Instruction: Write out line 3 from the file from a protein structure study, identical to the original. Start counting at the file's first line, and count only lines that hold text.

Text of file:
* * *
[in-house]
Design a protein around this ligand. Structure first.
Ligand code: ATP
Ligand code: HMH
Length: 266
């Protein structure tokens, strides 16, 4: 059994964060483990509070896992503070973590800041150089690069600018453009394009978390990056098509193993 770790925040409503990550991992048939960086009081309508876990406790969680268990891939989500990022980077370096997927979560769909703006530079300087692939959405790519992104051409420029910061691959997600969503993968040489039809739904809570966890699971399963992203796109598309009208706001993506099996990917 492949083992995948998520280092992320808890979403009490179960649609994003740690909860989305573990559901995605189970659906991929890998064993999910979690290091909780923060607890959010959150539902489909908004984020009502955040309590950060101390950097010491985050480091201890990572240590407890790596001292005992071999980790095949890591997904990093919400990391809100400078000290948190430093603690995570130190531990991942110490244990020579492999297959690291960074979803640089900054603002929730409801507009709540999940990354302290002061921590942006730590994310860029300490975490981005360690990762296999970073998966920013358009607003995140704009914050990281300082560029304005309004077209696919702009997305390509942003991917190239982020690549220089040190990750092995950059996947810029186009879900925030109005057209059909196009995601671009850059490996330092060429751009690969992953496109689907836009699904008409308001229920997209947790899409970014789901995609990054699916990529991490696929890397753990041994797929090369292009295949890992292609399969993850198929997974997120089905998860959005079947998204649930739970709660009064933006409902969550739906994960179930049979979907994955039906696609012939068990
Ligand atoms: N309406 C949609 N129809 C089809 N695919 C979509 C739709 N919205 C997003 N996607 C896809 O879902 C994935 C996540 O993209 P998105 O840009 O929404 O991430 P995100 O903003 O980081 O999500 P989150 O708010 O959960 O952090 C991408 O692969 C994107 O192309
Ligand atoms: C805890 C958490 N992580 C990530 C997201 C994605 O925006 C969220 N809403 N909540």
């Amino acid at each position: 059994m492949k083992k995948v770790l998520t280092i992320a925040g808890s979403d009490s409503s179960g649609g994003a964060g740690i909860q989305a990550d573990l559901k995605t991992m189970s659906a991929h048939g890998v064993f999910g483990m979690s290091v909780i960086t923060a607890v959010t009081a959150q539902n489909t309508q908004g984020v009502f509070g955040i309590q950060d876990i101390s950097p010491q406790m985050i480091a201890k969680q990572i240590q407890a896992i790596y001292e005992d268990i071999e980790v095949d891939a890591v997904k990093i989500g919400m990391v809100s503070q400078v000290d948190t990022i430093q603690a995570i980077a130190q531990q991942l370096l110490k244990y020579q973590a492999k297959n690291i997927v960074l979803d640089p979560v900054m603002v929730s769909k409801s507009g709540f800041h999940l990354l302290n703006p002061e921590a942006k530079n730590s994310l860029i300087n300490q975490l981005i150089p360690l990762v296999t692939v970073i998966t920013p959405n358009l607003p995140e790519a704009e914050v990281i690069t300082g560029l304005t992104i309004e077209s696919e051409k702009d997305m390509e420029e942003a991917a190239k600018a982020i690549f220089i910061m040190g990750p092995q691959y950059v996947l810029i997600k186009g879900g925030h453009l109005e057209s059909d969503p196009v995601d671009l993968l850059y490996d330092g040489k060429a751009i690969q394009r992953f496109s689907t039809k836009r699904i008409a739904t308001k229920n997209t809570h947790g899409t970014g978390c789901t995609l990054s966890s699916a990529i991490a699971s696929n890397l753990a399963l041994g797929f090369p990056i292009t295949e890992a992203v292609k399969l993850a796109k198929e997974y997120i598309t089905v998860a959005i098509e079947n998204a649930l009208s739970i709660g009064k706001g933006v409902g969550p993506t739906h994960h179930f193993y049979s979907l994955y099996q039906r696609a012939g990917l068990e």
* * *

Ligand code: ATP